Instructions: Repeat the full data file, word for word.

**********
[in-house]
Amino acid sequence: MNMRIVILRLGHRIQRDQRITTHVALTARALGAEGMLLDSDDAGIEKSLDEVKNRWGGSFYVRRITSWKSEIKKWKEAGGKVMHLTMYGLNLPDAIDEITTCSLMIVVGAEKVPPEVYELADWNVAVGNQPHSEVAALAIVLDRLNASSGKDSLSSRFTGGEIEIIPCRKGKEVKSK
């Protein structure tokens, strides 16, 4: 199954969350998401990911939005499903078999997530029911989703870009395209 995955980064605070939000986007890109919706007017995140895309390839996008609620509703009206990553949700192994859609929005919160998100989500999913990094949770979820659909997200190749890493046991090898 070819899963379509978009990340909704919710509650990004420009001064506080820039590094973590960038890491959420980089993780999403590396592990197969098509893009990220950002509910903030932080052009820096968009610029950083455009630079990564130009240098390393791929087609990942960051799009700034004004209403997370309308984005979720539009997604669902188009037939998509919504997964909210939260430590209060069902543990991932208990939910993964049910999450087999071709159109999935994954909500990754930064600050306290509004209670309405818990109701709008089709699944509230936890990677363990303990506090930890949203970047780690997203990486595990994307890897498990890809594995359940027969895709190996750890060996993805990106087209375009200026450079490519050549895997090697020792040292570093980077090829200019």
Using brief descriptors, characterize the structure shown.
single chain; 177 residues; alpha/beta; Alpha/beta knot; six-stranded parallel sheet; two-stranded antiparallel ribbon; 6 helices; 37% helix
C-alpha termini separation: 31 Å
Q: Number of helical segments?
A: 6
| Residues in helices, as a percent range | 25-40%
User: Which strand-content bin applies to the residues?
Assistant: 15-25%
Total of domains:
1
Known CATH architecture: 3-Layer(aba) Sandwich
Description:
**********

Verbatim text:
[in-house]
Amino acid sequence: MNMRIVILRLGHRIQRDQRITTHVALTARALGAEGMLLDSDDAGIEKSLDEVKNRWGGSFYVRRITSWKSEIKKWKEAGGKVMHLTMYGLNLPDAIDEITTCSLMIVVGAEKVPPEVYELADWNVAVGNQPHSEVAALAIVLDRLNASSGKDSLSSRFTGGEIEIIPCRKGKEVKSK
């Protein structure tokens, strides 16, 4: 199954969350998401990911939005499903078999997530029911989703870009395209 995955980064605070939000986007890109919706007017995140895309390839996008609620509703009206990553949700192994859609929005919160998100989500999913990094949770979820659909997200190749890493046991090898 070819899963379509978009990340909704919710509650990004420009001064506080820039590094973590960038890491959420980089993780999403590396592990197969098509893009990220950002509910903030932080052009820096968009610029950083455009630079990564130009240098390393791929087609990942960051799009700034004004209403997370309308984005979720539009997604669902188009037939998509919504997964909210939260430590209060069902543990991932208990939910993964049910999450087999071709159109999935994954909500990754930064600050306290509004209670309405818990109701709008089709699944509230936890990677363990303990506090930890949203970047780690997203990486595990994307890897498990890809594995359940027969895709190996750890060996993805990106087209375009200026450079490519050549895997090697020792040292570093980077090829200019």
Using brief descriptors, characterize the structure shown.
single chain; 177 residues; alpha/beta; Alpha/beta knot; six-stranded parallel sheet; two-stranded antiparallel ribbon; 6 helices; 37% helix
C-alpha termini separation: 31 Å
Q: Number of helical segments?
A: 6
| Residues in helices, as a percent range | 25-40%
User: Which strand-content bin applies to the residues?
Assistant: 15-25%
Total of domains:
1
Known CATH architecture: 3-Layer(aba) Sandwich
Description: